Next, my husband (I have work time right after breakfast for a couple of hours) takes the boys to their room to help them get dressed and tidy up.
We have them fold their pajamas and put them in their drawers (actually our 18 month old just stuffs the clothes in the drawer, but my four year old knows how to fold his clothes). They put away any toys, blankets, or dirty clothes from the floor.
Then, my four year old makes his bed while Daddy helps the littlest make his.
Lastly everyone brushes their teeth and tidies up the bathroom.
At this point, the boys help Daddy in his room and my husband follows the same general routine as the boys.
Finally, my four year old is given a chore.
Right now this includes anything from helping load the dishwasher to sorting laundry to picking up sticks in the yard to vacuuming a designated area of the house to helping his brother put his jacket on.
The focus is on the introduction of work. As he grows, more and more of the chores of this nature will become mandatory, non-paid chores.
But for now, these are chores he gets paid for because we are keeping it simple on ourselves as the parents.
We didn’t create a chore chart of assigned work. That’s just too much for us. We just come up with something that he can do to help us in what we need to accomplish that day.
We have decided to pay our son $.25 for each chore completed each week and pay day is on Saturday.
There are a couple of rules that he must follow:
1. He can’t do a chore for pay until the morning routine is completed.
2. The morning routine must be completed with a happy heart. We give tally marks for each time we have to correct attitudes of grumbling and complaining. We also give tally marks at other times of day when work is required like cleaning up toys, setting the table, etc.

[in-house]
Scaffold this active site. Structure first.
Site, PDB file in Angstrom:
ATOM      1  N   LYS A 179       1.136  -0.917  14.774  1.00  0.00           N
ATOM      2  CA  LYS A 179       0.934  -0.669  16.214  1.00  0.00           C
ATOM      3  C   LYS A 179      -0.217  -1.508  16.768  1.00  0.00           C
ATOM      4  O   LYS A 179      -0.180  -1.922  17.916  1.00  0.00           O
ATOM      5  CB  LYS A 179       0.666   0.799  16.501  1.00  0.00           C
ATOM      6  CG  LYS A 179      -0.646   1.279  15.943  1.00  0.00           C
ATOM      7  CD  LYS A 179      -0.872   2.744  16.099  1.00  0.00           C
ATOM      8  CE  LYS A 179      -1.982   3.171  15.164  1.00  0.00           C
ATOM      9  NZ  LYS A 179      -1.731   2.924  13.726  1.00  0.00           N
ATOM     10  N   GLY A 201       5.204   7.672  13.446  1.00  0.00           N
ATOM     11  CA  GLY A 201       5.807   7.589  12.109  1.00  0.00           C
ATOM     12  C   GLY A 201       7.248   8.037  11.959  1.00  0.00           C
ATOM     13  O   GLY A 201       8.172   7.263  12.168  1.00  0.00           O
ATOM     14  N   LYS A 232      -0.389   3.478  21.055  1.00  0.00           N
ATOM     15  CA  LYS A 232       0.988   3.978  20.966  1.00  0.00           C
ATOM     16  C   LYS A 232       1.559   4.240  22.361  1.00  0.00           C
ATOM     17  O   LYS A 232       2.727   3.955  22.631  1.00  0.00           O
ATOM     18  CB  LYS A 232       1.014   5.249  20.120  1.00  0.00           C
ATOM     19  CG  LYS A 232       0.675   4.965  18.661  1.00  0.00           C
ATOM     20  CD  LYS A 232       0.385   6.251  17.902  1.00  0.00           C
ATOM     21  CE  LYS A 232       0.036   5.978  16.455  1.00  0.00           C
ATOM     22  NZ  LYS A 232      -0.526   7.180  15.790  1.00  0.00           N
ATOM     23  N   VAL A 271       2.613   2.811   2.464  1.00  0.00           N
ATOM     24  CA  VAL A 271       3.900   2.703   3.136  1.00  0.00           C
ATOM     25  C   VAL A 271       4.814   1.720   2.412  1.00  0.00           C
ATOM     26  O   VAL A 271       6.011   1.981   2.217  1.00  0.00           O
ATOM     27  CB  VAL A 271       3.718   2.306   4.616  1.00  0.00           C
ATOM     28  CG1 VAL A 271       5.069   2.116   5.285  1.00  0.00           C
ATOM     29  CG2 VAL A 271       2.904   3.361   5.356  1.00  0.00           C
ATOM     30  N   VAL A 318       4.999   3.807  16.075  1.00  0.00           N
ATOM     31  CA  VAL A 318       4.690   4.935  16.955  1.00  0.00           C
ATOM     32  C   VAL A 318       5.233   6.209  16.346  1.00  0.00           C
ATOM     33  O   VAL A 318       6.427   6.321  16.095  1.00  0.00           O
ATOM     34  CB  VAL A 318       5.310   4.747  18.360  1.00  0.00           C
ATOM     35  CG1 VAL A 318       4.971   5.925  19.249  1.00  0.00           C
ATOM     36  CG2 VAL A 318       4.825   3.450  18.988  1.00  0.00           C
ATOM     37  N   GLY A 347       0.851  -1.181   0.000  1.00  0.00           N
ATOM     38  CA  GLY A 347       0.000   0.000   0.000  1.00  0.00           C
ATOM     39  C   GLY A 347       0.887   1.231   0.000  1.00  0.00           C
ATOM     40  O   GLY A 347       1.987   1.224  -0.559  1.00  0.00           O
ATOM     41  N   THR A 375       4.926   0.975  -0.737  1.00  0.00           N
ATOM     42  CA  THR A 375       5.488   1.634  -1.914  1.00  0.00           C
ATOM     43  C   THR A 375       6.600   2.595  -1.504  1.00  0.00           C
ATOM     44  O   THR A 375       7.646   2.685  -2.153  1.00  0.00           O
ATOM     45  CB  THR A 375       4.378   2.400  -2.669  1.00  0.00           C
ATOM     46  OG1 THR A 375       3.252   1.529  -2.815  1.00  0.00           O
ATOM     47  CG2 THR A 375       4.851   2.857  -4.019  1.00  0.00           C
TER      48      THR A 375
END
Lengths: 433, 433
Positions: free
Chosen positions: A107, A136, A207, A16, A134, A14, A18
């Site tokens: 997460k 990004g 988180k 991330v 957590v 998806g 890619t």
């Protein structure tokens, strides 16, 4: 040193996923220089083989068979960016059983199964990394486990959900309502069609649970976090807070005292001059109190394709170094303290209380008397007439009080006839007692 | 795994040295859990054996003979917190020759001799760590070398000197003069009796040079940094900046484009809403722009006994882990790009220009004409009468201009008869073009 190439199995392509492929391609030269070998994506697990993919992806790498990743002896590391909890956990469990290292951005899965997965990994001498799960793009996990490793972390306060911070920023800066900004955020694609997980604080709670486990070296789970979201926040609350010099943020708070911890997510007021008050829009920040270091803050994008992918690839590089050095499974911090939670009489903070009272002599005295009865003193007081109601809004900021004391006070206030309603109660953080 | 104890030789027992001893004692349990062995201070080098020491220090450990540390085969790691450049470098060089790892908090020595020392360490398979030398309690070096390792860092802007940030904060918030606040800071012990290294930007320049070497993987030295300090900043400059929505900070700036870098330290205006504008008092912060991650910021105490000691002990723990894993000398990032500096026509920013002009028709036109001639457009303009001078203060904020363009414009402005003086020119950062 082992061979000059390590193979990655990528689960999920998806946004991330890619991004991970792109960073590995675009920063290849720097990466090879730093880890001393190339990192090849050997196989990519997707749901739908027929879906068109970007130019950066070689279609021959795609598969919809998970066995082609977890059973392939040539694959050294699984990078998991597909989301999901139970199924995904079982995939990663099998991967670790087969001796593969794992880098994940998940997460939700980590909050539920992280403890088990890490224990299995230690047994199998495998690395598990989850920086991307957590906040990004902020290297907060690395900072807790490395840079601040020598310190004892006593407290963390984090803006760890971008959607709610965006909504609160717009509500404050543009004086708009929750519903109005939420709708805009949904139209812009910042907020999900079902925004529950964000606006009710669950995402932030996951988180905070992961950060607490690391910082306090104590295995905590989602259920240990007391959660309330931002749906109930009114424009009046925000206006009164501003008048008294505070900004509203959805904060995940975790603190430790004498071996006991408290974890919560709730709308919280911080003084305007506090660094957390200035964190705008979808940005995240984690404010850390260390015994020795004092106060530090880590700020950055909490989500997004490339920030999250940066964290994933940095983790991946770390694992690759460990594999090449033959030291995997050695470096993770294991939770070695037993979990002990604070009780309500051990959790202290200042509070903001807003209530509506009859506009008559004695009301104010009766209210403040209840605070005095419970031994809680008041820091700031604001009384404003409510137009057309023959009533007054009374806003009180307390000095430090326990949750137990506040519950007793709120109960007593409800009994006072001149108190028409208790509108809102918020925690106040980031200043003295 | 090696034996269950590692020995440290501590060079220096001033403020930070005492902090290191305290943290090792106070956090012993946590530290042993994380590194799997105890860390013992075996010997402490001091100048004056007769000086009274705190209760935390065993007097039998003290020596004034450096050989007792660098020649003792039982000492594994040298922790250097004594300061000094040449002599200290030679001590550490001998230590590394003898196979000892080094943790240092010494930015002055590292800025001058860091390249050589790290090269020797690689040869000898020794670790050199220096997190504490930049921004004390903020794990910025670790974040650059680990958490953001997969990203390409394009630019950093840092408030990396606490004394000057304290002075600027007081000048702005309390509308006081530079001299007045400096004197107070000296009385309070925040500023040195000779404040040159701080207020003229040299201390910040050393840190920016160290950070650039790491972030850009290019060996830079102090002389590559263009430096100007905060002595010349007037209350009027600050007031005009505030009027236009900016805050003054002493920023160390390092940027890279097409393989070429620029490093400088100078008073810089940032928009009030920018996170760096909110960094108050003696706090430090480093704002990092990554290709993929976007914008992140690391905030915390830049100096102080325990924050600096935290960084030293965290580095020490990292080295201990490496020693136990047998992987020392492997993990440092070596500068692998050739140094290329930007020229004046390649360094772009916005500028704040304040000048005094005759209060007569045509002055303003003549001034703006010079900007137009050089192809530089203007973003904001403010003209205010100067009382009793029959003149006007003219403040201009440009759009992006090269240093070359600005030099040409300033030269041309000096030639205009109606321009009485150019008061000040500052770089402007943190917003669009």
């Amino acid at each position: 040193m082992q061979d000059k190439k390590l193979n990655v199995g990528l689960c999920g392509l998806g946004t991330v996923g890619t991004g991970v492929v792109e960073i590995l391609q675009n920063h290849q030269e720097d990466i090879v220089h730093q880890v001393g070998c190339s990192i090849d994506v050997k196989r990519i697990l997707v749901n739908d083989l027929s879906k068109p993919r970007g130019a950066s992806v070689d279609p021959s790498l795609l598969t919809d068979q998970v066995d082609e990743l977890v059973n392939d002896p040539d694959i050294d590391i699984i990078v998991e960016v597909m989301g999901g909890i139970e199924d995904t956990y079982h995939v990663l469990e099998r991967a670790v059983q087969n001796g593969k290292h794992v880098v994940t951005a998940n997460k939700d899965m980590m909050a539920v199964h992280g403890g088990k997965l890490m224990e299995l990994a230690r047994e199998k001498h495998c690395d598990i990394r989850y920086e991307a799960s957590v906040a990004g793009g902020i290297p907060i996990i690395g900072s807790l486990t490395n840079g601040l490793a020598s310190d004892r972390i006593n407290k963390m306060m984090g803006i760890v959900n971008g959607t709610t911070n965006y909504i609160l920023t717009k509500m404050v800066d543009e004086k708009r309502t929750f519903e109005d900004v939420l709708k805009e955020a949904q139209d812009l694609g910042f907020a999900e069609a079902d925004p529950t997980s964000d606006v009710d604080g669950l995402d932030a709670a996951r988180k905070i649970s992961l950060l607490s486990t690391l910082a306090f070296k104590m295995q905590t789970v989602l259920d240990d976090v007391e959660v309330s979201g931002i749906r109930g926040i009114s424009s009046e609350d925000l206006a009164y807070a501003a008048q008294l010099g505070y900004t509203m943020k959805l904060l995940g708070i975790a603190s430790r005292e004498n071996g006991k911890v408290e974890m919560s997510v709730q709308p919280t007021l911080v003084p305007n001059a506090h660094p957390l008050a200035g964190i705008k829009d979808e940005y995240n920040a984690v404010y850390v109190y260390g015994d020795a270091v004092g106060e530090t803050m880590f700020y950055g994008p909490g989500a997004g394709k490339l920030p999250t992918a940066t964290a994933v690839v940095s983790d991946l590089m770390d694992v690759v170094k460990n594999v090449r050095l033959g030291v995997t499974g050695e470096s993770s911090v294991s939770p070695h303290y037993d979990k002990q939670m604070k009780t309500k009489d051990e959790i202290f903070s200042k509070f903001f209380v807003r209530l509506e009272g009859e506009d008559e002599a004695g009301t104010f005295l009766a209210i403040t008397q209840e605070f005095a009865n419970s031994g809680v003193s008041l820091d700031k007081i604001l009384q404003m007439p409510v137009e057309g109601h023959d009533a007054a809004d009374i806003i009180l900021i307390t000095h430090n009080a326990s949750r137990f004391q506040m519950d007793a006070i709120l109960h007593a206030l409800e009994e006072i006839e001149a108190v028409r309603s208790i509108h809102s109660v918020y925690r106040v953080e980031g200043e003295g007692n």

When he reaches five tally marks, he has to pay us a quarter. Usually one or two tally marks gets his attention, and we have been able to move through our routine and chores with joy and gratitude.
Overall, this routine and plan for chores has been working really well. My husband and I have found that we enjoy it more than our kids do!
Routines are good for all of us. I’m a big believer in creating routines around tasks that we do every single day.
A Free Printable for You
When I shared a picture of our new morning routine on Instagram, many of you asked me to share our printable. Click the LINK below the image to download your FREE printable.
This is the one we use, but you can easily create one to fit your needs. It took me about 30 minutes to get it the way I wanted it. It’s not a fancy pants one, but it works.
I keep it in a simple folder inside a sheet protector. We use a dry erase marker to check things off the list. At the end of the week, I add up the check marks to know how much to pay him.
What about you? Do you have a morning routine that you follow? Have you found it helpful?
Other posts you might like:
- Developing a Simple Schedule and Routine
- A Grace-Filled Approach to Creating a Routine
- Establishing Toddler Routines
Fruit of the Spirit Curriculum for Toddlers